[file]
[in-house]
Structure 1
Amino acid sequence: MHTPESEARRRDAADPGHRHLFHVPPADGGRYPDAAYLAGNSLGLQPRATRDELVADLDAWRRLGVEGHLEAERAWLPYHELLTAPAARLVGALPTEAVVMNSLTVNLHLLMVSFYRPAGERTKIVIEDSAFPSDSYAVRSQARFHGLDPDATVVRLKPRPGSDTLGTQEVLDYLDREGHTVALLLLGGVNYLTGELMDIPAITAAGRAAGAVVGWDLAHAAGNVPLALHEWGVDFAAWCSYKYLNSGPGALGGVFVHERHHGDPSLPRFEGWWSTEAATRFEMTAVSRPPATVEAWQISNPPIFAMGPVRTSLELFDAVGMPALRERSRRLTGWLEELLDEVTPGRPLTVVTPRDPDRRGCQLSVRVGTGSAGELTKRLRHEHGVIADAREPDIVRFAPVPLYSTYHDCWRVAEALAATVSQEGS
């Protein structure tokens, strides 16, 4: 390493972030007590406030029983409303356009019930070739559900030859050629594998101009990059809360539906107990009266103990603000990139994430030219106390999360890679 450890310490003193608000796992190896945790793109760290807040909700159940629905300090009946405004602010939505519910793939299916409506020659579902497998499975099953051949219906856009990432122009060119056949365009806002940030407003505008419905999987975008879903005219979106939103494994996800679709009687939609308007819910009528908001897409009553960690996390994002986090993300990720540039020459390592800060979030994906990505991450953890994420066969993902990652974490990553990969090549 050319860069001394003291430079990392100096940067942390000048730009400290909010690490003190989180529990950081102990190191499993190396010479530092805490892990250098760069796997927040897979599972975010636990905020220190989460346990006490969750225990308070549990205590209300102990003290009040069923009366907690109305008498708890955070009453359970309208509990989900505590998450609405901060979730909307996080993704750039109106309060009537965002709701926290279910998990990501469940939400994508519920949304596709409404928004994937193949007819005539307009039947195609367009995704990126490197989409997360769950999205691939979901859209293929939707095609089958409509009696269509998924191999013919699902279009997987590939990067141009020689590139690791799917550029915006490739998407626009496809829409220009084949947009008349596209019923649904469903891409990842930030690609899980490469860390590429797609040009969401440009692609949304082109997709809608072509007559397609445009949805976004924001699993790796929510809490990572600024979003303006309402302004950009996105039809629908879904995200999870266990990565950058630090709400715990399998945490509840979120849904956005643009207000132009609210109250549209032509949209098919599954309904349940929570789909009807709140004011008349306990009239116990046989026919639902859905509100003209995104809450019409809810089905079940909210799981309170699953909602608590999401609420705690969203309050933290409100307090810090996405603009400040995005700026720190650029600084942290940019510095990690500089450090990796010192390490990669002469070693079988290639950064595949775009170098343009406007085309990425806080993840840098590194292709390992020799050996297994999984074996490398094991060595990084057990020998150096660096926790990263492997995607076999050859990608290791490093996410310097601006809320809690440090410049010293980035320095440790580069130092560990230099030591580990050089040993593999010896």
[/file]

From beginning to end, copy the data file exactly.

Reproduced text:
[in-house]
Structure 1
Amino acid sequence: MHTPESEARRRDAADPGHRHLFHVPPADGGRYPDAAYLAGNSLGLQPRATRDELVADLDAWRRLGVEGHLEAERAWLPYHELLTAPAARLVGALPTEAVVMNSLTVNLHLLMVSFYRPAGERTKIVIEDSAFPSDSYAVRSQARFHGLDPDATVVRLKPRPGSDTLGTQEVLDYLDREGHTVALLLLGGVNYLTGELMDIPAITAAGRAAGAVVGWDLAHAAGNVPLALHEWGVDFAAWCSYKYLNSGPGALGGVFVHERHHGDPSLPRFEGWWSTEAATRFEMTAVSRPPATVEAWQISNPPIFAMGPVRTSLELFDAVGMPALRERSRRLTGWLEELLDEVTPGRPLTVVTPRDPDRRGCQLSVRVGTGSAGELTKRLRHEHGVIADAREPDIVRFAPVPLYSTYHDCWRVAEALAATVSQEGS
């Protein structure tokens, strides 16, 4: 390493972030007590406030029983409303356009019930070739559900030859050629594998101009990059809360539906107990009266103990603000990139994430030219106390999360890679 450890310490003193608000796992190896945790793109760290807040909700159940629905300090009946405004602010939505519910793939299916409506020659579902497998499975099953051949219906856009990432122009060119056949365009806002940030407003505008419905999987975008879903005219979106939103494994996800679709009687939609308007819910009528908001897409009553960690996390994002986090993300990720540039020459390592800060979030994906990505991450953890994420066969993902990652974490990553990969090549 050319860069001394003291430079990392100096940067942390000048730009400290909010690490003190989180529990950081102990190191499993190396010479530092805490892990250098760069796997927040897979599972975010636990905020220190989460346990006490969750225990308070549990205590209300102990003290009040069923009366907690109305008498708890955070009453359970309208509990989900505590998450609405901060979730909307996080993704750039109106309060009537965002709701926290279910998990990501469940939400994508519920949304596709409404928004994937193949007819005539307009039947195609367009995704990126490197989409997360769950999205691939979901859209293929939707095609089958409509009696269509998924191999013919699902279009997987590939990067141009020689590139690791799917550029915006490739998407626009496809829409220009084949947009008349596209019923649904469903891409990842930030690609899980490469860390590429797609040009969401440009692609949304082109997709809608072509007559397609445009949805976004924001699993790796929510809490990572600024979003303006309402302004950009996105039809629908879904995200999870266990990565950058630090709400715990399998945490509840979120849904956005643009207000132009609210109250549209032509949209098919599954309904349940929570789909009807709140004011008349306990009239116990046989026919639902859905509100003209995104809450019409809810089905079940909210799981309170699953909602608590999401609420705690969203309050933290409100307090810090996405603009400040995005700026720190650029600084942290940019510095990690500089450090990796010192390490990669002469070693079988290639950064595949775009170098343009406007085309990425806080993840840098590194292709390992020799050996297994999984074996490398094991060595990084057990020998150096660096926790990263492997995607076999050859990608290791490093996410310097601006809320809690440090410049010293980035320095440790580069130092560990230099030591580990050089040993593999010896």